- name: policy
mountPath: /opt/policy/
containers:
- name: bundle-server
image: nginx:1.25
ports:
- containerPort: 80
name: http
volumeMounts:
- name: index
mountPath: /usr/share/nginx/html
volumes:
- name: index
emptyDir: {}
- name: policy
configMap:
name: authz-policy
---
apiVersion: v1
kind: Service
metadata:
name: bundle-server
spec:
selector:
app: bundle-server
ports:
- protocol: TCP
port: 80
targetPort: http

Create a file called bundle-server.yaml with the above content and apply it to the cluster:

kubectl apply -f bundle-server.yaml

Once the deployment is running, we can check that the bundle is available by running:

kubectl port-forward service/bundle-server 8080:80

Before checking that the bundle has been generated correctly and is available to download:

$ curl -I localhost:8080/bundle.tar.gz
HTTP/1.1 200 OK
...

You may now exit the port-forwarding session, the bundle server will only be accessed from inside the cluster from now on.

Deploying an application with Envoy and Enterprise OPA sidecars​

In this tutorial, we are manually configuring the Envoy proxy sidecar to intermediate HTTP traffic from clients and our application. Envoy will consult Enterprise OPA to make authorization decisions for each request by sending CheckRequest messages over a gRPC connection.

We will use the following Envoy configuration to achieve this. In summary, this configures Envoy to:

  • Listen on port 8000 for HTTP traffic
  • Consult Enterprise OPA for authorization decisions at 127.0.0.1:9191 & deny failing requests
  • Forward requests to the application at 127.0.0.1:8080 if ok.
# envoy.yaml
static_resources:
listeners:
- address:
socket_address:
address: 0.0.0.0
port_value: 8000
filter_chains:
- filters:
- name: envoy.filters.network.http_connection_manager
typed_config:
"@type": type.googleapis.com/envoy.extensions.filters.network.http_connection_manager.v3.HttpConnectionManager
codec_type: auto
stat_prefix: ingress_http
route_config:
name: local_route
virtual_hosts:
- name: backend
domains:
- "*"
routes:
- match:
prefix: "/"
route:
cluster: service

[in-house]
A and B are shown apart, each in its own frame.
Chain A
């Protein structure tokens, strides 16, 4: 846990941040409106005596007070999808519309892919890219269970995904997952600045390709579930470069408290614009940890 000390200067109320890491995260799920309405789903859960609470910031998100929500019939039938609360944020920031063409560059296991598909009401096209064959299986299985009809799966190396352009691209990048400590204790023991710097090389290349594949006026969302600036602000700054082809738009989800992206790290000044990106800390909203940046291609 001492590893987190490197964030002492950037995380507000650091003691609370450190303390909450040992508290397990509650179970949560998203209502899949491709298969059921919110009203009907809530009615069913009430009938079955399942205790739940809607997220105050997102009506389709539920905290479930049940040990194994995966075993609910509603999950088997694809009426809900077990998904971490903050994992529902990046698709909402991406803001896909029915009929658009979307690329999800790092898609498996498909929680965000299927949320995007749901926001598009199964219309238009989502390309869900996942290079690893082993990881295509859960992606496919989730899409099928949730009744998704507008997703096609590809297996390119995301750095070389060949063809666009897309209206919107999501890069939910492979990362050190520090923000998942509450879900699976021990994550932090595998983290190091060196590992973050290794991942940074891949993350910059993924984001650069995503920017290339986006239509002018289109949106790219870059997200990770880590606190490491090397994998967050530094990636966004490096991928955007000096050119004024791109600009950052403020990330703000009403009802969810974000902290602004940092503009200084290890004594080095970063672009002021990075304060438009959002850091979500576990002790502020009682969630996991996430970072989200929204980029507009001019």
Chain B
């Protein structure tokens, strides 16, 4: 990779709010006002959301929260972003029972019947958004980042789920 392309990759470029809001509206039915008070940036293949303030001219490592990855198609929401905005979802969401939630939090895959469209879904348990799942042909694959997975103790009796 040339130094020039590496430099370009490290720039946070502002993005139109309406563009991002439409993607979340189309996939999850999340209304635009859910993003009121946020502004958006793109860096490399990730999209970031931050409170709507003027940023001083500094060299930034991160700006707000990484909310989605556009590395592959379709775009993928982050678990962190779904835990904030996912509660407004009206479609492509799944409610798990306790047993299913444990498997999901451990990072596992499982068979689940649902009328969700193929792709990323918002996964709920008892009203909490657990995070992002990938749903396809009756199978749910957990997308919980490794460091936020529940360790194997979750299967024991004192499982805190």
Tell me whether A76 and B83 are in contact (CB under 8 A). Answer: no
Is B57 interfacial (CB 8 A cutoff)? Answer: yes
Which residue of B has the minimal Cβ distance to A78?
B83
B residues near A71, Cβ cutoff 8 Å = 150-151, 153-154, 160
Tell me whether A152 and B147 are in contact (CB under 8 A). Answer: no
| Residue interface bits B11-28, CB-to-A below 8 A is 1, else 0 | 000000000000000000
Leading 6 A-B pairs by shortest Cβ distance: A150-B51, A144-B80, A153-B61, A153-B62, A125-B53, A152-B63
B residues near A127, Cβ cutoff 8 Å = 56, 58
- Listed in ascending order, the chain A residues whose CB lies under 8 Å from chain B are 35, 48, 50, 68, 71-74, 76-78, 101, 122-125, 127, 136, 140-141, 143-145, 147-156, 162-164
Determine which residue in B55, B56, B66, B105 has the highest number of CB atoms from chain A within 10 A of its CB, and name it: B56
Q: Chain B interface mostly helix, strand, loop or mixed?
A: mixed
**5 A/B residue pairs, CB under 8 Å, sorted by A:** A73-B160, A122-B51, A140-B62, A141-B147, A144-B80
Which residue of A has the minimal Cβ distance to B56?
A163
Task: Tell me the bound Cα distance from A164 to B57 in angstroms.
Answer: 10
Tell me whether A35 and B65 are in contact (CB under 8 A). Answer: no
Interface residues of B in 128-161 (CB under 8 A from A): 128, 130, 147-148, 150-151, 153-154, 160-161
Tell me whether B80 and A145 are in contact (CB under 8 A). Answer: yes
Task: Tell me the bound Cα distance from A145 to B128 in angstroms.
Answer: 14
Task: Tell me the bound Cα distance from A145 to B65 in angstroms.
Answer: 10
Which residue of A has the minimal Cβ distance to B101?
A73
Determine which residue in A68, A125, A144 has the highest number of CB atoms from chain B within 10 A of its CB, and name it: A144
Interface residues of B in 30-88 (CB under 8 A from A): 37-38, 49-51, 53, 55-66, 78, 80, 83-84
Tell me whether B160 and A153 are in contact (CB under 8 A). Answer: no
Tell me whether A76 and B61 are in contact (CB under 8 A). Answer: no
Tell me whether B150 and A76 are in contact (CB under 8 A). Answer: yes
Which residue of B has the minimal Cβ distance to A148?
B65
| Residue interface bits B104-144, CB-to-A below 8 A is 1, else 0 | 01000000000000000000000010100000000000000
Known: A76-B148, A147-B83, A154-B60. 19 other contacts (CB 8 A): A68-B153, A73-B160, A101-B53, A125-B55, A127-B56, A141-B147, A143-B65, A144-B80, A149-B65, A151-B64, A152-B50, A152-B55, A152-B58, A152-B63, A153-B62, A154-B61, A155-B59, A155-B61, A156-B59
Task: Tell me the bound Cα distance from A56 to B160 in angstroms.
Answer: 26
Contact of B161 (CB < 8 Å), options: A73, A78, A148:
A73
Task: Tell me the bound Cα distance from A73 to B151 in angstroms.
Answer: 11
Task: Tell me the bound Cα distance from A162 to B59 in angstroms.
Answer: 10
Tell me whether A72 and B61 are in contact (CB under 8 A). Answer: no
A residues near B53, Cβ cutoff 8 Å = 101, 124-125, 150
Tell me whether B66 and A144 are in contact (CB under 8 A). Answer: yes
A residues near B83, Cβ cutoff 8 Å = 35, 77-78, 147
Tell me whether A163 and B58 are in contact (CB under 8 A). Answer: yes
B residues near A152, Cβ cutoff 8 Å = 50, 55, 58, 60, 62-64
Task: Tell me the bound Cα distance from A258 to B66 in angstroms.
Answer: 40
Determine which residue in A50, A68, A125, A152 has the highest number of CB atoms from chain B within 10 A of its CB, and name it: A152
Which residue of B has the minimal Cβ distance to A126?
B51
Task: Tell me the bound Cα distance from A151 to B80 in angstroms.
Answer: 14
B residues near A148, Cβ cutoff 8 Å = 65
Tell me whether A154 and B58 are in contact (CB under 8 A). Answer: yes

http_filters:
- name: envoy.ext_authz
typed_config:
"@type": type.googleapis.com/envoy.extensions.filters.http.ext_authz.v3.ExtAuthz
transport_api_version: V3
with_request_body:
max_request_bytes: 8192
allow_partial_message: true
failure_mode_allow: false
grpc_service:
google_grpc:
target_uri: 127.0.0.1:9191
stat_prefix: ext_authz
timeout: 0.5s
- name: envoy.filters.http.router
typed_config:
"@type": type.googleapis.com/envoy.extensions.filters.http.router.v3.Router
clusters:
- name: service
connect_timeout: 0.25s
type: strict_dns
lb_policy: round_robin
load_assignment:
cluster_name: service
endpoints:
- lb_endpoints:
- endpoint:
address:
socket_address:
address: 127.0.0.1
port_value: 8080
admin:
access_log_path: "/dev/null"
address:
socket_address:
address: 0.0.0.0
port_value: 8001
layered_runtime:
layers:
- name: static_layer_0
static_layer:
envoy:
resource_limits:
listener:
example_listener_name:
connection_limit: 10000
overload:
global_downstream_max_connections: 50000

Create a ConfigMap containing the above configuration by running:

kubectl create configmap proxy-config --from-file envoy.yaml

Our application will be configured using a Deployment and Service. There are a few things to note:

  • the pods have an initContainer that configures the iptables rules to redirect traffic to the Envoy proxy.
  • the demo-test-server container is a simple user store using in-memory state.
  • the envoy container is configured to use the proxy-config ConfigMap we created earlier.
  • The EOPA container is configured to download policy bundles from the in-cluster bundle server (bundle-server.default.svc.cluster.local).
  • The EOPA license key must be set. We show how to do this in the next step.
# app.yaml
kind: Deployment
apiVersion: apps/v1
metadata:
name: example-app
labels:
app: example-app
spec:
replicas: 1
selector:
matchLabels:
app: example-app
template:
metadata:
labels:
app: example-app
spec:
initContainers:
- name: proxy-init
image: openpolicyagent/proxy_init:v8
# Configure the iptables bootstrap script to redirect traffic to the
# Envoy proxy on port 8000. Envoy will be running as 1111, and port
# 8282 will be excluded to support EOPA health checks.
args: ["-p", "8000", "-u", "1111", "-w", "8282"]
securityContext:
capabilities:
add:
- NET_ADMIN
runAsNonRoot: false
runAsUser: 0
containers:
- name: app